Greg Bird- Greg Bird's early returns have been fantastic for fantasy owners. Bird has shown a very solid power profile during this first small sample of his major league career. The biggest positive that we have seen from Bird is a combination of a high fly ball percentage (50%) combined with a 23.1% HR/FB rate. These numbers would profile Bird as an elite power presence especially given his presence in the middle of the Yankee lineup. The biggest problem in 2016 will be the clog of players for limited playing time in the Yankee lineup. Bird's value moving forward will be limited until he is given the full time job at first base, which probably isn't happening until 2017.
Ubaldo Jimenez- It's been another year of the Ubaldo Jimenez dice roll. His 21.3% K rate is in line with his 2014, and basically, his career averages. His BB rate is actually down to 8.7%, which is better than his 2014, but he still struggles with walking batters to the detriment of fantasy owners. His saving grace in 2015 has been his 49% ground ball rate, which has allowed him to manage that walk rate. Overall, Ubaldo has been a solid back end fantasy rotation asset with some ups and downs to his game. As long as he is valued properly, which means essentially ignoring his 2013 season, he is a solid player and should be again in 2016.
Daniel Norris- It's not everyday that you get pulled from a perfect game in the big leagues. Daniel Norris was pulled after 5 innings due to a pitch count on Tuesday night. Norris was the gem of the Tigers return on their mid-season trade that sent David Price to Toronto. He is a player worth monitoring for the remainder of the season and into 2016 draft season. Prior to 2014, Norris flashed plus strikeout numbers in each minor league stop. During 2014, he has seen those numbers dip at the higher levels including only a 19% K Rate during a small sample in the major leagues. I wouldn't mind take a shot on Norris late in drafts next season, but be cautious of the "shiny new toy" syndrome as he has not proven an ability to strikeout batters at an elite level in the big leagues yet. Even in Tuesday's excellent performance he only managed 4 strikeouts.
Mike Trout- Mike Trout has entered his power prime and has finally eclipsed the 40 home run mark in his major league career. It is almost impossible not to be impressed by Trout's abilities, but fantasy owners need to notate one blemish on his otherwise sterling record. As Trout's power has increased, he has ceased stealing bases. It is difficult to complain about anything Mike Trout does, but owners need to properly compensate for the fact that it does not seem like Trout will steal more than 10-12 bases per season as he ages. This is a far cry from his 49 steals as a rookie or 33 the following year. The drastic decrease should not greatly alter his valuation as one of the top players, if not the top player, off the board in fantasy drafts, but owners need to properly compensate by acquiring steals in other places.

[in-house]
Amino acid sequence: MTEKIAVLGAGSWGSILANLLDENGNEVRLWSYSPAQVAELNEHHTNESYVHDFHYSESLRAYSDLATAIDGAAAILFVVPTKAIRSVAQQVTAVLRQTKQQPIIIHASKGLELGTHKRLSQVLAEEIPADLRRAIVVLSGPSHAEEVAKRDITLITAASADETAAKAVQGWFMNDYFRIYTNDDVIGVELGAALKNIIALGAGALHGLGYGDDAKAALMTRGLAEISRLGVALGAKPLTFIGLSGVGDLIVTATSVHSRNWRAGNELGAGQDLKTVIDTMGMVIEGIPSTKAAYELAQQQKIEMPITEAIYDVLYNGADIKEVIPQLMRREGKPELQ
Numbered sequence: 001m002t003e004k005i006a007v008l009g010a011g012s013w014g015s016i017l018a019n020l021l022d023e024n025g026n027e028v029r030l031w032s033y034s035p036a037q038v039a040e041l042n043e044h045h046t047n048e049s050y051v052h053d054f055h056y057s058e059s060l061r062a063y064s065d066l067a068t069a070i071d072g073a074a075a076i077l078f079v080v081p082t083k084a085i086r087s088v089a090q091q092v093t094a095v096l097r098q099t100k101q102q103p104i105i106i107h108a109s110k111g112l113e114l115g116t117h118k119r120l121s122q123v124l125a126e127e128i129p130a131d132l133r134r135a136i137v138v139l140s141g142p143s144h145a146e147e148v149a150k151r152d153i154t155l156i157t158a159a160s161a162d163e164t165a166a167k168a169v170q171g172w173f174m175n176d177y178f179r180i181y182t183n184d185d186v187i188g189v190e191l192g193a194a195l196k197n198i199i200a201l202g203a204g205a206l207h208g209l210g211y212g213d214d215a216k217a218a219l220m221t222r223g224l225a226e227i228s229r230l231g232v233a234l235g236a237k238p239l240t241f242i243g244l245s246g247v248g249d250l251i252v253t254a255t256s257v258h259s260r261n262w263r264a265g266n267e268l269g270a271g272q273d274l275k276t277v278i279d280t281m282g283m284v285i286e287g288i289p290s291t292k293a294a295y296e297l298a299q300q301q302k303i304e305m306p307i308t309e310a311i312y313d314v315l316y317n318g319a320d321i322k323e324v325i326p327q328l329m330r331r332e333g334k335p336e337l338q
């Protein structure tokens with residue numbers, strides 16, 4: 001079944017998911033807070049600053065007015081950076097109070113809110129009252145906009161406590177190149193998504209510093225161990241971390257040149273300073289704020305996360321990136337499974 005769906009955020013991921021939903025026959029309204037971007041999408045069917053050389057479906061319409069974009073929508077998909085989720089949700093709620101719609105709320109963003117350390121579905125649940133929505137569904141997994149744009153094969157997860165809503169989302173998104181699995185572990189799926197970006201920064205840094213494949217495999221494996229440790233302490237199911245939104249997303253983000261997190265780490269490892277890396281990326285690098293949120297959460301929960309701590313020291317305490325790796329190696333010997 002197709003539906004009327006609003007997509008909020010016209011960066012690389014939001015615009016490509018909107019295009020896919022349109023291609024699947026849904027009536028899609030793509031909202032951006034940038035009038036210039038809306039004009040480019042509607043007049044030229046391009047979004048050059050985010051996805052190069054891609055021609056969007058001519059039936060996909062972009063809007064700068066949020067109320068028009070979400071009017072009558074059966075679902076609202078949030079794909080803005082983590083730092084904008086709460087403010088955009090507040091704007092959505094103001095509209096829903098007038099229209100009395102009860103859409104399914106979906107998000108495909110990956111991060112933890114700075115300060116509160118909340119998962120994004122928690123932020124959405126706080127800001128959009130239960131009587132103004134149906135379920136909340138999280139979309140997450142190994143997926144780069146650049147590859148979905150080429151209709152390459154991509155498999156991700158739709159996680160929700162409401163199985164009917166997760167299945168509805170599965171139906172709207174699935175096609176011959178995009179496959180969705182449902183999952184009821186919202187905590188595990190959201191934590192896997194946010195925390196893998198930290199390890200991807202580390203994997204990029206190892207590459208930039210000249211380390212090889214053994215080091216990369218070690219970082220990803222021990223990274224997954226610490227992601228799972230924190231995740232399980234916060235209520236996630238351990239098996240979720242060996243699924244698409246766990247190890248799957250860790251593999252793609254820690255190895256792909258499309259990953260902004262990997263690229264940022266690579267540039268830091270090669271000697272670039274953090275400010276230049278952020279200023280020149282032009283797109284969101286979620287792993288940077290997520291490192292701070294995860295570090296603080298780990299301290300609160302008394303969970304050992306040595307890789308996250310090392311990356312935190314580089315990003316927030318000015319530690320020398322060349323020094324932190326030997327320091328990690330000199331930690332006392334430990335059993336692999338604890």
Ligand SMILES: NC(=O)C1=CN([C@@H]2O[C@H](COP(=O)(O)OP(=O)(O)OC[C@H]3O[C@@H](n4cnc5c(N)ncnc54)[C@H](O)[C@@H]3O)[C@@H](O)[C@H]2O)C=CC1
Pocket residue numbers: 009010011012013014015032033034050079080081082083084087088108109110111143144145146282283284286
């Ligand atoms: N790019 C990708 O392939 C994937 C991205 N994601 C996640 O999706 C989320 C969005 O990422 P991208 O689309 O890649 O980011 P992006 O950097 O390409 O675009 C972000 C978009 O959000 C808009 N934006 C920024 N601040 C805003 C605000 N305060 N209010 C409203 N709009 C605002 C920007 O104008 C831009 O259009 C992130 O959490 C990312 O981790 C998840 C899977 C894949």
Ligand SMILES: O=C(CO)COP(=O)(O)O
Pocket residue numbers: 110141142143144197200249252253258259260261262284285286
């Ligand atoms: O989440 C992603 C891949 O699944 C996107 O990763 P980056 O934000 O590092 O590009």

Xander Bogaerts- In what has otherwise been a forgettable season for the Red Sox Nation, Xander Bogaerts is among the few players to have developed memorably in 2015. Some of Bogaerts growth is sustainable, but I'm preaching caution as owners begin to categorize players for the 2016 draft season. Bogaert's value is tied very closely to his .323 batting average. We can say with little question that this batting average is BABIP induced as he has hit .373 in his single's percentage. The increased BABIP has combined with a decreased K Rate (15.2% in 2015 down from 23.2% in 2014) to improve the batting average. The problem with the decreased strikeout rate is that it is largely attributable to an increased contact rate on pitches outside the zone. I'm concerned that a regression in the BABIP and perhaps a slight decrease in his contact rates on balls outside the zone could cause a substantial decrease in his batting average. He is probably closer to a .280-.290 hitter, which still has value, but be cautious not to overdraft him in 2016 as he still isn't showing enough power to justify a high draft pick.
Today's American League Player Blog is brought to you by Nicholas Rossoletti. You can follow Nicholas on Twitter @NRoss56.
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